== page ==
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SKY HAPPENINGS

Moab UT (at City Hall)
38O34’ N Latitude 109O33’ W Longitude
4048 ft - 1234 m

The Sky for October 2014
By Faylene Roth

 

Sunrise-Sunset
For October 2014

DATE

SUNRISE

SUNSET

1

7:14am

7:01pm

2

7:15am

6:59pm

3

7:16am

6:58pm

4

7:17am

6:56pm

5

7:18am

6:55pm

6

7:19am

6:53pm

7

7:20am

6:52pm

8

7:21am

6:50pm

9

7:22am

6:49pm

10

7:23am

6:47pm

11

7:23am

6:46pm

12

7:24am

6:44pm

13

7:25am

6:43pm

14

7:26am

6:41pm

15

7:27am

6:40pm

16

7:28am

6:38pm

17

7:29am

6:37pm

18

7:30am

6:36pm

19

7:31am

6:34pm

20

7:32am

6:33pm

21

7:33am

6:32pm

22

7:34am

6:30pm

23

7:35am

6:29pm

24

7:37am

6:28pm

25

7:38am

6:26pm

26

7:39am

6:25pm

27

7:40am

6:24pm

28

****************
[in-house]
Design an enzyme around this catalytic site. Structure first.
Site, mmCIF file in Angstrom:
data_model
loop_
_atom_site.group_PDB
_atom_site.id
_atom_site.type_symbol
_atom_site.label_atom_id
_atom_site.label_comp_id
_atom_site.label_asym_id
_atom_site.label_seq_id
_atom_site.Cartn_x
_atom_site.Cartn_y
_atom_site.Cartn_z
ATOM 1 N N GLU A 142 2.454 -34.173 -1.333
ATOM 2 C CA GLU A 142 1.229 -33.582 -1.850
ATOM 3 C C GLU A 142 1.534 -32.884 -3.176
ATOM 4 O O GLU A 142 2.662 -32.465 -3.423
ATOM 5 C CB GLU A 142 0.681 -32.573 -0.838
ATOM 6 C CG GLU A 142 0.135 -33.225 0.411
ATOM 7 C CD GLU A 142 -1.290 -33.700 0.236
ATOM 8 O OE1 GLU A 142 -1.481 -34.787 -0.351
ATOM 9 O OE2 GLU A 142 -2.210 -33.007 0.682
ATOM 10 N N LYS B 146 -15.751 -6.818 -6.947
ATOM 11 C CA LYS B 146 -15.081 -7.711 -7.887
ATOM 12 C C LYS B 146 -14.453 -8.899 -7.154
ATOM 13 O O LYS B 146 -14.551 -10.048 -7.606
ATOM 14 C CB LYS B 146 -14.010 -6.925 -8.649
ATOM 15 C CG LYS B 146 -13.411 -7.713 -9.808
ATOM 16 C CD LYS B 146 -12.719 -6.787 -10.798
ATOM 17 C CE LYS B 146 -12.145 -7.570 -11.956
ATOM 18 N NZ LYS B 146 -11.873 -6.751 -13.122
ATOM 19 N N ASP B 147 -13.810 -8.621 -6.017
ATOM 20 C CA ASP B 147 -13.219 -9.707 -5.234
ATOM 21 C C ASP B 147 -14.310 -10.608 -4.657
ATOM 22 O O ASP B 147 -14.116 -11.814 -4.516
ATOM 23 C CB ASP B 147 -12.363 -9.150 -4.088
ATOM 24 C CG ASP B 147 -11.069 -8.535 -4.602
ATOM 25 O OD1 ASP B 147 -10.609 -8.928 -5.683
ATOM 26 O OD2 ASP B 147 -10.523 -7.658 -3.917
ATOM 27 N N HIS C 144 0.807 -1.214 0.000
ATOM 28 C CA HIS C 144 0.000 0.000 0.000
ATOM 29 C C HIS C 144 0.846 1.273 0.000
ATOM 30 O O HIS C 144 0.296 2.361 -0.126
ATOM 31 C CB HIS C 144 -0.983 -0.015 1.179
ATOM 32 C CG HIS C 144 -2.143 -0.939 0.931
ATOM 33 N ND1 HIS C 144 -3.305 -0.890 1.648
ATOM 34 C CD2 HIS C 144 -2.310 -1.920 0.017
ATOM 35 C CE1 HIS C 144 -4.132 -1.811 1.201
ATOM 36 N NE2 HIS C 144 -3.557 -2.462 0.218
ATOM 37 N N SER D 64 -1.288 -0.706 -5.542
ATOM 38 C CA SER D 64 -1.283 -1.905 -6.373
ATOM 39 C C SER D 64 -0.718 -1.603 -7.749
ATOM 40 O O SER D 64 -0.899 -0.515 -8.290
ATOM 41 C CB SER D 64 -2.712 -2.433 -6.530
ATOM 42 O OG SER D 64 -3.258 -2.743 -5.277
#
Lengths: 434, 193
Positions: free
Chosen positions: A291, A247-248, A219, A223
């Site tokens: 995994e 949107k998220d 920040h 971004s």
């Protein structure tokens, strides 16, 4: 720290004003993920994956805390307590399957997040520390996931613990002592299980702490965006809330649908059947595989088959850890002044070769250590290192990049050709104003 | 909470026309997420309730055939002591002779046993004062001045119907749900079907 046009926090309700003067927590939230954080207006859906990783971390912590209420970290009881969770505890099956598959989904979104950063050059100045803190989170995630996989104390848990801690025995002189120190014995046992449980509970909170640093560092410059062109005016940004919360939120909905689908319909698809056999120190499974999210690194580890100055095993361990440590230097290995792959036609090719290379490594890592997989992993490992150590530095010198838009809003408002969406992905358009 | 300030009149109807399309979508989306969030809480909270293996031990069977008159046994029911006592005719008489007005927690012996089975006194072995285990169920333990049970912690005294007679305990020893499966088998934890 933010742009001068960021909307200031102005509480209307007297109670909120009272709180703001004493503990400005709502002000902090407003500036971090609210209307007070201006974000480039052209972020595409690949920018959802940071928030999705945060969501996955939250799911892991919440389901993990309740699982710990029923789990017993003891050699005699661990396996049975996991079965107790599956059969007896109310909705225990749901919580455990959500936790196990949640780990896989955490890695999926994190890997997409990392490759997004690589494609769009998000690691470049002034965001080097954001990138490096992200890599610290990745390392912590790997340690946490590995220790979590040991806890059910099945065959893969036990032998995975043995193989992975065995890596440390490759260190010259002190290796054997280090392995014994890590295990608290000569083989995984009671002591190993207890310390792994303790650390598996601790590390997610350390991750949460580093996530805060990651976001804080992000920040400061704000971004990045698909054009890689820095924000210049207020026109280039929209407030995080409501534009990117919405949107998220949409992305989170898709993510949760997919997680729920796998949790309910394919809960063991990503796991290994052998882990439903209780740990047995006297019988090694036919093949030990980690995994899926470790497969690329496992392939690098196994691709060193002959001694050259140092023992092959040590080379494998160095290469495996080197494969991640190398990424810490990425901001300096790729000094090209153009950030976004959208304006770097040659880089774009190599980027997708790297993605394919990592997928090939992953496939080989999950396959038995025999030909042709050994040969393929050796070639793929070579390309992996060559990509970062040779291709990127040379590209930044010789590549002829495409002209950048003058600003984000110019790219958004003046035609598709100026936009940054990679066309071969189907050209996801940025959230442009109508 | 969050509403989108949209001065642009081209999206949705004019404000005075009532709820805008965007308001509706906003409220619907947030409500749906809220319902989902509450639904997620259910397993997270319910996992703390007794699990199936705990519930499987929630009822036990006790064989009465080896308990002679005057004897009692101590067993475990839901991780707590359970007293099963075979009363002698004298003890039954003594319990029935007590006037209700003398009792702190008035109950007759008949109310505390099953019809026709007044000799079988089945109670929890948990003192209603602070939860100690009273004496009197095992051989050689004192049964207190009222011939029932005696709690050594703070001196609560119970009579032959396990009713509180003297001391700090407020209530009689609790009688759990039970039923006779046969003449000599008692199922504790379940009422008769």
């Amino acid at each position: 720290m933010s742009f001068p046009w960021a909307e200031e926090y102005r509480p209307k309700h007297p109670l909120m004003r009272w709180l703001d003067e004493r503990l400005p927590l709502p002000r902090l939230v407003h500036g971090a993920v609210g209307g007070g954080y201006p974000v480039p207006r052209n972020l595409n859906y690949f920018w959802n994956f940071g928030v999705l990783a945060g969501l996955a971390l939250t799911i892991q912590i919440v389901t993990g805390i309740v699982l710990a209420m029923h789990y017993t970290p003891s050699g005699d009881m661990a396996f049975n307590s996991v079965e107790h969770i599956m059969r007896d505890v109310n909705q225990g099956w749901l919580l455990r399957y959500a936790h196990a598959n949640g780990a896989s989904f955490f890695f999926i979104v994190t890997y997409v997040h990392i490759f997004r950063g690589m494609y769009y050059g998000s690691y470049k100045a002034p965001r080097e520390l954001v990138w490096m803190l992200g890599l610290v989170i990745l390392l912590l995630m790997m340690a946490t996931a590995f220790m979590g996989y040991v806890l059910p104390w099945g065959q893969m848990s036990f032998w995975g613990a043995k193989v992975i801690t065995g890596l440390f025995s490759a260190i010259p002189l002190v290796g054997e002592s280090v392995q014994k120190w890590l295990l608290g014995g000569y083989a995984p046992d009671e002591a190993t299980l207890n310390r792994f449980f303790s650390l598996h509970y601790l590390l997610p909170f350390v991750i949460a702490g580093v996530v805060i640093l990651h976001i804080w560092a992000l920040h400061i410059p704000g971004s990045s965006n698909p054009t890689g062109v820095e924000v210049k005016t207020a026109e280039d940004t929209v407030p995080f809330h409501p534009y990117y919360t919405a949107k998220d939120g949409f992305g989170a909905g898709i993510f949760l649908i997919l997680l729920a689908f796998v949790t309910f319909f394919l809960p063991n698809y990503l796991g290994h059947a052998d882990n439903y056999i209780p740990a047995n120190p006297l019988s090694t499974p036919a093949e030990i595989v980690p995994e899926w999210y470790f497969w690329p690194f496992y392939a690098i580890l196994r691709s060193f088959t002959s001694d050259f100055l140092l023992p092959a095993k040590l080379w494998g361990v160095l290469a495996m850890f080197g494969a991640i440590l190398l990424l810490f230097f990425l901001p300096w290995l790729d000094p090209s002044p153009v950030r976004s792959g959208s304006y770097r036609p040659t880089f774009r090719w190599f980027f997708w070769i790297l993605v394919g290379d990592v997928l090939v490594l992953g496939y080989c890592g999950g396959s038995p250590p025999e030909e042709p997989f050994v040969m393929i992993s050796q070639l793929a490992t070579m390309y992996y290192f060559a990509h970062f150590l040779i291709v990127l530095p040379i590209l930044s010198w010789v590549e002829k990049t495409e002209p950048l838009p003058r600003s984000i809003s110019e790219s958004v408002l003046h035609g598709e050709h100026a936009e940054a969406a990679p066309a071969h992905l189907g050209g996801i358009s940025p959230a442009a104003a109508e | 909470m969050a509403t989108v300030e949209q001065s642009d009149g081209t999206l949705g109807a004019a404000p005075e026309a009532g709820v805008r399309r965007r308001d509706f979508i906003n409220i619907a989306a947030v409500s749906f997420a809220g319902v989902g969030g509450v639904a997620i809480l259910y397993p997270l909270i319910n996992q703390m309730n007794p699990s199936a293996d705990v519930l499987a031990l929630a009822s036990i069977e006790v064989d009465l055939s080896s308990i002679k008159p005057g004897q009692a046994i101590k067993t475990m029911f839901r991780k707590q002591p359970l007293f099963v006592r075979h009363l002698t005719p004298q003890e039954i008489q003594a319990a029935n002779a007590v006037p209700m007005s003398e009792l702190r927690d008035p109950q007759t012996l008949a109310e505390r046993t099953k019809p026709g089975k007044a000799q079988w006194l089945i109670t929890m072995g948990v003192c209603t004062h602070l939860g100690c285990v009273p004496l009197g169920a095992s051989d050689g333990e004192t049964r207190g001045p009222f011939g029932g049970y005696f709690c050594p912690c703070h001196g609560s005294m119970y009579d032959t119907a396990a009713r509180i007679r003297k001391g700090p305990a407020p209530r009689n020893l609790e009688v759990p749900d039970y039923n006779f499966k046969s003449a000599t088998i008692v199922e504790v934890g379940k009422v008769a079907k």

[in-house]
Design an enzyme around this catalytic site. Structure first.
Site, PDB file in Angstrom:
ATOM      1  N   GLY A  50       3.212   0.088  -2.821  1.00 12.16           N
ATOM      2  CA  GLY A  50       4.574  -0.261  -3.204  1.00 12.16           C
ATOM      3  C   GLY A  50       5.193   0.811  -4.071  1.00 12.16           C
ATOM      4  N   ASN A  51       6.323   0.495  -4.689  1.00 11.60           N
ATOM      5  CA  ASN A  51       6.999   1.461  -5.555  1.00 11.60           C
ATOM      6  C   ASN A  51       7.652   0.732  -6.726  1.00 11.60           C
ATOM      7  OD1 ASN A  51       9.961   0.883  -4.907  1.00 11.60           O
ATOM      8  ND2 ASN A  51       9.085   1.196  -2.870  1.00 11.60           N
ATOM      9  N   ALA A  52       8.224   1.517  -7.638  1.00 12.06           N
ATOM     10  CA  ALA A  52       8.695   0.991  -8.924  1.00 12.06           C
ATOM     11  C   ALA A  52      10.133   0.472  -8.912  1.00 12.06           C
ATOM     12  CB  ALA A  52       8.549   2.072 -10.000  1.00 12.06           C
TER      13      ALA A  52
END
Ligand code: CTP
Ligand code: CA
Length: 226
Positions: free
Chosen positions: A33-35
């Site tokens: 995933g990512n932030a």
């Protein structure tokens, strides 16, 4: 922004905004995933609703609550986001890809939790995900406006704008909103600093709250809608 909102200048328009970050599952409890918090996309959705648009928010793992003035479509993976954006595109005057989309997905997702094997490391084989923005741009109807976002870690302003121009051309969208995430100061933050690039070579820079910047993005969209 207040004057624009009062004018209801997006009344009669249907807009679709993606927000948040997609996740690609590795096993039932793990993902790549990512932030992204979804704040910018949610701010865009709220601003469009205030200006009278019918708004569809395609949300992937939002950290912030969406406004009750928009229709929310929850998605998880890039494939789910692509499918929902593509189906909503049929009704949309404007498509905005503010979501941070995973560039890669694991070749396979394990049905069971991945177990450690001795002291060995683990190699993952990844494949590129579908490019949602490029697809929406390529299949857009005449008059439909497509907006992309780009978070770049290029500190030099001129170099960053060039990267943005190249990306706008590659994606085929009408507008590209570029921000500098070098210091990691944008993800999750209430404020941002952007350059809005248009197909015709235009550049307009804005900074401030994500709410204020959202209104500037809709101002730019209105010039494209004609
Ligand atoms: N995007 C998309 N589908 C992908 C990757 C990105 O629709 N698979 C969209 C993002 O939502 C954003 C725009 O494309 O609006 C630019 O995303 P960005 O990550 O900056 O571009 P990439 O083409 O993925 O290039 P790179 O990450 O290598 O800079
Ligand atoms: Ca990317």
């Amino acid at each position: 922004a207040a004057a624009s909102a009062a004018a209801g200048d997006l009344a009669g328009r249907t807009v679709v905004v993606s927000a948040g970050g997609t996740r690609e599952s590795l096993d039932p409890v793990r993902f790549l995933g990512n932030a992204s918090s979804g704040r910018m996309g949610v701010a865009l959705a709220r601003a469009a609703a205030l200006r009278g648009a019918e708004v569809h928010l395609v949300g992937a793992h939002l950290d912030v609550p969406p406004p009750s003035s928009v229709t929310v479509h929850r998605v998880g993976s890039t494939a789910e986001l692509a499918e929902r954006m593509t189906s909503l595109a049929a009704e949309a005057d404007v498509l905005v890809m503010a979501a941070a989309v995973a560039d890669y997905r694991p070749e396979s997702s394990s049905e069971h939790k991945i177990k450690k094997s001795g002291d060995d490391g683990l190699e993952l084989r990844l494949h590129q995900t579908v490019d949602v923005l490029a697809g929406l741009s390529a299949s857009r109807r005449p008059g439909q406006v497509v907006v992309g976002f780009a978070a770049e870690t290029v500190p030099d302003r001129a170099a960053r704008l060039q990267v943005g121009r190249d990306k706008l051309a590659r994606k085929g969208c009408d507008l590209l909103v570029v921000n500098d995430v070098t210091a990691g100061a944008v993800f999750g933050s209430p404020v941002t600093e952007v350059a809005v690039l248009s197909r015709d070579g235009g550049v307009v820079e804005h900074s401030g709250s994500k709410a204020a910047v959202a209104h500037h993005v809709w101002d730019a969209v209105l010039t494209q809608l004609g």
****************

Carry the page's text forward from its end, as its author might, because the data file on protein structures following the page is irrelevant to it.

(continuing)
7:41am

6:23pm

29

7:42am

6:22pm

30

7:43am

6:20pm

31

7:44am

6:19pm

The Summer Triangle—high in the western sky—forms an asterism (identifiable shape), not a constellation. It shares the night sky with the Great Square—another asterism—which forms the body of Pegasus the flying horse. The Big and Little Dippers are also asterisms—identifiable shapes within Ursa Major and Ursa Minor.

Twilight extends the period of daylight in three stages at each end of the day. Morning twilight begins with astronomical twilight—about 1-1/2 hours (nearly 2 during summer months) before sunrise—as the eastern horizon brightens. Nautical twilight continues—as the overhead sky turns blue and color returns to the surrounding landscape—for another 30-40 minutes. The final stage—civil twilight—provides adequate light for most outdoor activities for the half hour before the sun crests the horizon. The opposite progression occurs after sunset.